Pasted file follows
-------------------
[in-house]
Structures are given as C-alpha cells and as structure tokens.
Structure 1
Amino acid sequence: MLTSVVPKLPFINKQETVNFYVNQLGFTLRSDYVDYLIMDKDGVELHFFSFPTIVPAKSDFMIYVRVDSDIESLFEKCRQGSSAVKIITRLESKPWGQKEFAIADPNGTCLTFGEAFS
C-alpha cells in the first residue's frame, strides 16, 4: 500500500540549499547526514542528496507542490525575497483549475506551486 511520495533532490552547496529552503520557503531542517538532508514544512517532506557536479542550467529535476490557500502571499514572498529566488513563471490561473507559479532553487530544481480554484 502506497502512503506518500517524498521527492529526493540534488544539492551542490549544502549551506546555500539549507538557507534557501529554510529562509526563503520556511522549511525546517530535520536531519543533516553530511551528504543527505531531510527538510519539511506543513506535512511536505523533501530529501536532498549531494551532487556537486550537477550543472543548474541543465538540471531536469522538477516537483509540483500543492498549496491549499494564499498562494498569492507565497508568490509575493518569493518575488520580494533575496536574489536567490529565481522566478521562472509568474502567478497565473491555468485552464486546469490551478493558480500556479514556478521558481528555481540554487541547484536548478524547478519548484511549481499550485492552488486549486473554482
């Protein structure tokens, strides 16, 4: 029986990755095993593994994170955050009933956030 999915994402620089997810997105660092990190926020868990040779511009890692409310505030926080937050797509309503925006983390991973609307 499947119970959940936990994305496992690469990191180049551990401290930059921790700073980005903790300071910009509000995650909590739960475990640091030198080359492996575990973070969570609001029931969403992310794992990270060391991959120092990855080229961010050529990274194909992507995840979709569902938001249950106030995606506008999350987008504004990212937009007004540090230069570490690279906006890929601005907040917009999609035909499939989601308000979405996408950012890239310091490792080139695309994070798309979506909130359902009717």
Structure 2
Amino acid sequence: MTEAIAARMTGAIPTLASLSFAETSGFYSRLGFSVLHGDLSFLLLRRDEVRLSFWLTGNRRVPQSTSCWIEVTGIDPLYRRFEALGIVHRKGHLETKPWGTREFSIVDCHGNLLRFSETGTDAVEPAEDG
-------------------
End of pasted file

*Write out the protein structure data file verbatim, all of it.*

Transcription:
[in-house]
Structures are given as C-alpha cells and as structure tokens.
Structure 1
Amino acid sequence: MLTSVVPKLPFINKQETVNFYVNQLGFTLRSDYVDYLIMDKDGVELHFFSFPTIVPAKSDFMIYVRVDSDIESLFEKCRQGSSAVKIITRLESKPWGQKEFAIADPNGTCLTFGEAFS
C-alpha cells in the first residue's frame, strides 16, 4: 500500500540549499547526514542528496507542490525575497483549475506551486 511520495533532490552547496529552503520557503531542517538532508514544512517532506557536479542550467529535476490557500502571499514572498529566488513563471490561473507559479532553487530544481480554484 502506497502512503506518500517524498521527492529526493540534488544539492551542490549544502549551506546555500539549507538557507534557501529554510529562509526563503520556511522549511525546517530535520536531519543533516553530511551528504543527505531531510527538510519539511506543513506535512511536505523533501530529501536532498549531494551532487556537486550537477550543472543548474541543465538540471531536469522538477516537483509540483500543492498549496491549499494564499498562494498569492507565497508568490509575493518569493518575488520580494533575496536574489536567490529565481522566478521562472509568474502567478497565473491555468485552464486546469490551478493558480500556479514556478521558481528555481540554487541547484536548478524547478519548484511549481499550485492552488486549486473554482
């Protein structure tokens, strides 16, 4: 029986990755095993593994994170955050009933956030 999915994402620089997810997105660092990190926020868990040779511009890692409310505030926080937050797509309503925006983390991973609307 499947119970959940936990994305496992690469990191180049551990401290930059921790700073980005903790300071910009509000995650909590739960475990640091030198080359492996575990973070969570609001029931969403992310794992990270060391991959120092990855080229961010050529990274194909992507995840979709569902938001249950106030995606506008999350987008504004990212937009007004540090230069570490690279906006890929601005907040917009999609035909499939989601308000979405996408950012890239310091490792080139695309994070798309979506909130359902009717």
Structure 2
Amino acid sequence: MTEAIAARMTGAIPTLASLSFAETSGFYSRLGFSVLHGDLSFLLLRRDEVRLSFWLTGNRRVPQSTSCWIEVTGIDPLYRRFEALGIVHRKGHLETKPWGTREFSIVDCHGNLLRFSETGTDAVEPAEDG